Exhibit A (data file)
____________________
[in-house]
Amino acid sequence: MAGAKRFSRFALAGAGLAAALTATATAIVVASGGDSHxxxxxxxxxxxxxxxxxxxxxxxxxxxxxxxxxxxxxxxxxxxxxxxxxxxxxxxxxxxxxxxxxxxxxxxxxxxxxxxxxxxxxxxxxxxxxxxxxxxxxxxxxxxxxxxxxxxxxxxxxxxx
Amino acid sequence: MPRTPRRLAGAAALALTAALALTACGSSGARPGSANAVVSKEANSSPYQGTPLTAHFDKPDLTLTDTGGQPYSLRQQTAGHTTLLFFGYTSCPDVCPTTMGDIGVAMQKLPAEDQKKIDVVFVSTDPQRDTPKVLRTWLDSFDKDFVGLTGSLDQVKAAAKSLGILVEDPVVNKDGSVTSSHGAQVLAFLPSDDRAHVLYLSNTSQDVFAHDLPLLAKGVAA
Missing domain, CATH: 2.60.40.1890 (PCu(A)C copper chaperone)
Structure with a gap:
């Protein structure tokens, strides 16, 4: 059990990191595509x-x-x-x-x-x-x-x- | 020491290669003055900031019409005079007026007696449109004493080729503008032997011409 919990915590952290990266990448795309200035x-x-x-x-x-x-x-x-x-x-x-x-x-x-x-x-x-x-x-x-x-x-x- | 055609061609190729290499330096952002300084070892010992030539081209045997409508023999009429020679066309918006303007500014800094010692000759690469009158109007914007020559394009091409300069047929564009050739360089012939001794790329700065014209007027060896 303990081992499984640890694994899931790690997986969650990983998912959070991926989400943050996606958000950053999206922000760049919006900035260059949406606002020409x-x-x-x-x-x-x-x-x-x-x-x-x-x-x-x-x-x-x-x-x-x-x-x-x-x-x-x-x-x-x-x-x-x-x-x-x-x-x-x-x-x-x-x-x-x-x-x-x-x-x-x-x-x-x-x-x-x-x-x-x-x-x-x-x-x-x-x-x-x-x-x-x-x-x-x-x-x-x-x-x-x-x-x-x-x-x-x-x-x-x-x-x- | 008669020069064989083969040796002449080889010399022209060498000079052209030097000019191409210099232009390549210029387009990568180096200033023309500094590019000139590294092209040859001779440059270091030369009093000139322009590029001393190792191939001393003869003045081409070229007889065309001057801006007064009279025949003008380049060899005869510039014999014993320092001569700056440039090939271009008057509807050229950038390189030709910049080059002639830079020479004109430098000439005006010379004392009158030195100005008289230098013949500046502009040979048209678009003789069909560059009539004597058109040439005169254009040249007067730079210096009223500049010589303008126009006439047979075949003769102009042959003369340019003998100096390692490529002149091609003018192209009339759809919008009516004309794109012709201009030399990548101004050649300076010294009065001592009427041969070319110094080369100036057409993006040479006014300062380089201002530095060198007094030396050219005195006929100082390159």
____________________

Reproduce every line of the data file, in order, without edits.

[in-house]
Amino acid sequence: MAGAKRFSRFALAGAGLAAALTATATAIVVASGGDSHxxxxxxxxxxxxxxxxxxxxxxxxxxxxxxxxxxxxxxxxxxxxxxxxxxxxxxxxxxxxxxxxxxxxxxxxxxxxxxxxxxxxxxxxxxxxxxxxxxxxxxxxxxxxxxxxxxxxxxxxxxxx
Amino acid sequence: MPRTPRRLAGAAALALTAALALTACGSSGARPGSANAVVSKEANSSPYQGTPLTAHFDKPDLTLTDTGGQPYSLRQQTAGHTTLLFFGYTSCPDVCPTTMGDIGVAMQKLPAEDQKKIDVVFVSTDPQRDTPKVLRTWLDSFDKDFVGLTGSLDQVKAAAKSLGILVEDPVVNKDGSVTSSHGAQVLAFLPSDDRAHVLYLSNTSQDVFAHDLPLLAKGVAA
Missing domain, CATH: 2.60.40.1890 (PCu(A)C copper chaperone)
Structure with a gap:
């Protein structure tokens, strides 16, 4: 059990990191595509x-x-x-x-x-x-x-x- | 020491290669003055900031019409005079007026007696449109004493080729503008032997011409 919990915590952290990266990448795309200035x-x-x-x-x-x-x-x-x-x-x-x-x-x-x-x-x-x-x-x-x-x-x- | 055609061609190729290499330096952002300084070892010992030539081209045997409508023999009429020679066309918006303007500014800094010692000759690469009158109007914007020559394009091409300069047929564009050739360089012939001794790329700065014209007027060896 303990081992499984640890694994899931790690997986969650990983998912959070991926989400943050996606958000950053999206922000760049919006900035260059949406606002020409x-x-x-x-x-x-x-x-x-x-x-x-x-x-x-x-x-x-x-x-x-x-x-x-x-x-x-x-x-x-x-x-x-x-x-x-x-x-x-x-x-x-x-x-x-x-x-x-x-x-x-x-x-x-x-x-x-x-x-x-x-x-x-x-x-x-x-x-x-x-x-x-x-x-x-x-x-x-x-x-x-x-x-x-x-x-x-x-x-x-x-x-x- | 008669020069064989083969040796002449080889010399022209060498000079052209030097000019191409210099232009390549210029387009990568180096200033023309500094590019000139590294092209040859001779440059270091030369009093000139322009590029001393190792191939001393003869003045081409070229007889065309001057801006007064009279025949003008380049060899005869510039014999014993320092001569700056440039090939271009008057509807050229950038390189030709910049080059002639830079020479004109430098000439005006010379004392009158030195100005008289230098013949500046502009040979048209678009003789069909560059009539004597058109040439005169254009040249007067730079210096009223500049010589303008126009006439047979075949003769102009042959003369340019003998100096390692490529002149091609003018192209009339759809919008009516004309794109012709201009030399990548101004050649300076010294009065001592009427041969070319110094080369100036057409993006040479006014300062380089201002530095060198007094030396050219005195006929100082390159």